The Making of the CHaD All-Star Football Game


(whistle blows)
(upbeat music) (crowd cheering and clamoring) – Children’s
Hospital at Dartmouth has the strongest pull
on my heart strings. When you think about it, there’s no greater cause
than sick or injured children and to advocate for them. – My son Harris is a CHaD kid. It was a different
experience I think than anybody could ever imagine unless they’ve had
to go through it. When your
two-and-a-half-year-old son is stuck in a hospital bed
for, you know, 61 days. We were going to
support CHaD forever. We were in debt. – Meeting the CHaD
families and the kids was really important to me. It had an impact on me, just showing me how much
other people are going through and how you can make
a difference in life. – I came up with
the idea of the game because football has been
a big part of my life and that of my siblings. – Nick came to me
about this idea about a football game for CHaD. But it was way more than about
raising money for the cause. It really was
about finding a way to instill in the
young athletes, a way and a power to give back. – I had been saying for years that we really needed
interstate all-star games so that we can get
more kids involved. When I saw what it
was going to benefit, what an opportunity
for me to give back to the CHaD organization
and coach the game. – Another major aspect of the
game is the selection process and choosing athletes
from across the region and from many different schools. – [Nick] The athletes
themselves get to be a part of this game through a selection process
that the coaches get to scout. They get to review film, and they will also look into
the character of the player. This is a privilege to
play in this great game, for a great cause. I do believe today we
have become the game to play in for these
young aspiring athletes. – [Keith] Our focus wasn’t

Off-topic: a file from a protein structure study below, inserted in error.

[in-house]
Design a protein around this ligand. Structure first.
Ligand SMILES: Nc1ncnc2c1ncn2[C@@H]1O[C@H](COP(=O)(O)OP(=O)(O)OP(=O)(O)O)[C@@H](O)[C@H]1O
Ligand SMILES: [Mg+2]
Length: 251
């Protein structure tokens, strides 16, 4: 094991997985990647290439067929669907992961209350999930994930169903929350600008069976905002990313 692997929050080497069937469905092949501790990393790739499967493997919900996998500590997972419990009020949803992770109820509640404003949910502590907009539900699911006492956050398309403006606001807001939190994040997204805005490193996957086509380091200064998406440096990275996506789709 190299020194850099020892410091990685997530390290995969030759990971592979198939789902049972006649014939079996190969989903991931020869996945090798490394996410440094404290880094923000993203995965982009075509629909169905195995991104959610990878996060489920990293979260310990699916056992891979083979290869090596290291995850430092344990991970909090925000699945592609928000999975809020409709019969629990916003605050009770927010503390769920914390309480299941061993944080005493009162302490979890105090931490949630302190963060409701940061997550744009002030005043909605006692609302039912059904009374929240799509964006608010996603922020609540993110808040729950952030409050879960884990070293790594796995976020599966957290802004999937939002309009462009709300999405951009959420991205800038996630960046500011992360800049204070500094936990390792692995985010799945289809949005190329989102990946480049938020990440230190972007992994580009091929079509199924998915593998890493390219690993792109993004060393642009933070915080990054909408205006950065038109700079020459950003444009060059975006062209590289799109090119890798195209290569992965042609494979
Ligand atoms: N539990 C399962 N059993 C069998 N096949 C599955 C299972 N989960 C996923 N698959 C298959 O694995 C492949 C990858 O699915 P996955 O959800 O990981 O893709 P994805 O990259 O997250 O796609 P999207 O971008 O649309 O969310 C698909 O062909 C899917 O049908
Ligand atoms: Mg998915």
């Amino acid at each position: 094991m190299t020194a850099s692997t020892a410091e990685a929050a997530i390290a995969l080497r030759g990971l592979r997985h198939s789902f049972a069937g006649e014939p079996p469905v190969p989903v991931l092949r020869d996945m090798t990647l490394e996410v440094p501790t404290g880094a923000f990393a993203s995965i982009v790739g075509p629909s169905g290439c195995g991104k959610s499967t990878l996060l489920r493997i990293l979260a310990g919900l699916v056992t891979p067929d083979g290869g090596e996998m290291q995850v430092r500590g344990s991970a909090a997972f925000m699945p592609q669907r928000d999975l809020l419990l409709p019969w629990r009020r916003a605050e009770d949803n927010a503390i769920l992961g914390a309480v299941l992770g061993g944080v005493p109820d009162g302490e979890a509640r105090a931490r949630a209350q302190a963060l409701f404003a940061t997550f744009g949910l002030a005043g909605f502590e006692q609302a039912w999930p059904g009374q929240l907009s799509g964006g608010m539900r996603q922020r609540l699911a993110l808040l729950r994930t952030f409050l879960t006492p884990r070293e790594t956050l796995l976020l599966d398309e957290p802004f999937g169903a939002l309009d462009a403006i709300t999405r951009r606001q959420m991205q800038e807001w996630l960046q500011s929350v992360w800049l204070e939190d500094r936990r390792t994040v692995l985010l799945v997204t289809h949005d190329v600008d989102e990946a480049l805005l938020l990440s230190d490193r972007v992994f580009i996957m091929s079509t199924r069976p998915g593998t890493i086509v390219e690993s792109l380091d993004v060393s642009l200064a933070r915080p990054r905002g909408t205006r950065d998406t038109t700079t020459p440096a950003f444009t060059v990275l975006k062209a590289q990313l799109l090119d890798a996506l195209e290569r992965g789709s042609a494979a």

really teaching football. They already knew
how to play football. Our focus was teaching
them philanthropy. – [Nick] The true meaning
to philanthropy is that not only is it powerful to give, but it changes your life and that it gives your
life greater meaning. And then, in fact, you
become the beneficiary. – Once I took the tour and I saw what these families and
kids were going through, almost an obligation of mine to help make a difference
in any way I could. – How important was it for me to be part of the game? I don’t know if words really
can describe that feeling. I had brought Harris
into the locker room before the game started
and held him up. I reminded the kids why
they were really playing. I bet you most of them would
say that that moment really hit them a little bit, to know that, you know, you’re
not playing for football. You’re playing for an
actual human being. – This is more than
just a football game. Because these players
are playing for a cause that’s greater than themselves, they’re really impacted
by the kids and families that they get to
know in the process, and it really helps
them to learn about life in a way that they
otherwise wouldn’t. – I’ll steal a line from
Nick right off the bat that I’ve always loved. It was our job as people
to leave this place better than we found it. And to walk away
with that feeling that I now have to go back
to my community and help. – We don’t want this
experience to just end at the end of the game. – When they stop playing, that doesn’t mean
you stop giving. – My message to future players. You want to put on a good show, but you’re not even there
to play a football game. You’re there to send a message. You’re there to help people. You’re there to better yourself so that later on, not now,
but 10 years from now, you’re in a place where
you can help people, and you can do things
like what we’re doing, is to make lives
for people better. (upbeat music)

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